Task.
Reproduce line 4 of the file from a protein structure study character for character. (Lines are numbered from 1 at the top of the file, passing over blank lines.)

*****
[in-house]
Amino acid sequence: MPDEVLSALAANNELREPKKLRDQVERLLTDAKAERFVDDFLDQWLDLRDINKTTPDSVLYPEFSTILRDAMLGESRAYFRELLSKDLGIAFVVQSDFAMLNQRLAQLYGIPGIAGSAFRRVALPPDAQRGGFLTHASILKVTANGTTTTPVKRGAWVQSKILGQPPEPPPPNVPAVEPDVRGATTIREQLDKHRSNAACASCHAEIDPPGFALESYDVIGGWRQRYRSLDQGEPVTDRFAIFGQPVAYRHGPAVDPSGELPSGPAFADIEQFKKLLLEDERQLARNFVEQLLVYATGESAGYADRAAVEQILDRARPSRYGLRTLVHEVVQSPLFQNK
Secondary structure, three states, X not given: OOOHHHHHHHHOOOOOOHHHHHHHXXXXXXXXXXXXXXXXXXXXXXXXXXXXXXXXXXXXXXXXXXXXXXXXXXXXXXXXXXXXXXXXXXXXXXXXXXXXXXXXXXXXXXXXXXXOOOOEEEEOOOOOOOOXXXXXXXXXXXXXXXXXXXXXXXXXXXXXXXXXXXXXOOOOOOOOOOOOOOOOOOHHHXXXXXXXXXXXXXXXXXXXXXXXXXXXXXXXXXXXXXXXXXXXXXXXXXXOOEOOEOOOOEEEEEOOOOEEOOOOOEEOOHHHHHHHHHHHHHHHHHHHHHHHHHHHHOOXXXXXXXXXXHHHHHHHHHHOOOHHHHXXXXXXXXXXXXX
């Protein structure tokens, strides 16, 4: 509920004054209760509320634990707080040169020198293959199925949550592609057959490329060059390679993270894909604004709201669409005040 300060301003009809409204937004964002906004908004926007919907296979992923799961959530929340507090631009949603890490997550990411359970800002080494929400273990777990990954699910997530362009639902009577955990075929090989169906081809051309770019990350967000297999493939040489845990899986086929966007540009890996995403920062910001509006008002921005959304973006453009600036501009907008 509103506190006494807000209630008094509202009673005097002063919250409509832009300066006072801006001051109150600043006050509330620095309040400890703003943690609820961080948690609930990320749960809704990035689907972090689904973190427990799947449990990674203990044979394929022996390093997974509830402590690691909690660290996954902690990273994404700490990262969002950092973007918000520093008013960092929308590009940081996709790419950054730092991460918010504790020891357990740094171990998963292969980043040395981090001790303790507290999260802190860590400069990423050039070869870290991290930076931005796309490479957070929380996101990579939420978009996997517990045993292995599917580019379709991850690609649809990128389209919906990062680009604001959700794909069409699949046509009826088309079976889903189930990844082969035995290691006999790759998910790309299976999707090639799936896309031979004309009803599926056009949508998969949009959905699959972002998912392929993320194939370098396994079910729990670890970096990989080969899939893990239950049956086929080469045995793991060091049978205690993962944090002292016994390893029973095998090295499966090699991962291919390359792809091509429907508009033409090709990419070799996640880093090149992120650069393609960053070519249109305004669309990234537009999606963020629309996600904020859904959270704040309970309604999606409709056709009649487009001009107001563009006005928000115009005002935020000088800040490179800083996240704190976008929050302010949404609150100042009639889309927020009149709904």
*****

């Protein structure tokens, strides 16, 4: 509920004054209760509320634990707080040169020198293959199925949550592609057959490329060059390679993270894909604004709201669409005040 300060301003009809409204937004964002906004908004926007919907296979992923799961959530929340507090631009949603890490997550990411359970800002080494929400273990777990990954699910997530362009639902009577955990075929090989169906081809051309770019990350967000297999493939040489845990899986086929966007540009890996995403920062910001509006008002921005959304973006453009600036501009907008 509103506190006494807000209630008094509202009673005097002063919250409509832009300066006072801006001051109150600043006050509330620095309040400890703003943690609820961080948690609930990320749960809704990035689907972090689904973190427990799947449990990674203990044979394929022996390093997974509830402590690691909690660290996954902690990273994404700490990262969002950092973007918000520093008013960092929308590009940081996709790419950054730092991460918010504790020891357990740094171990998963292969980043040395981090001790303790507290999260802190860590400069990423050039070869870290991290930076931005796309490479957070929380996101990579939420978009996997517990045993292995599917580019379709991850690609649809990128389209919906990062680009604001959700794909069409699949046509009826088309079976889903189930990844082969035995290691006999790759998910790309299976999707090639799936896309031979004309009803599926056009949508998969949009959905699959972002998912392929993320194939370098396994079910729990670890970096990989080969899939893990239950049956086929080469045995793991060091049978205690993962944090002292016994390893029973095998090295499966090699991962291919390359792809091509429907508009033409090709990419070799996640880093090149992120650069393609960053070519249109305004669309990234537009999606963020629309996600904020859904959270704040309970309604999606409709056709009649487009001009107001563009006005928000115009005002935020000088800040490179800083996240704190976008929050302010949404609150100042009639889309927020009149709904």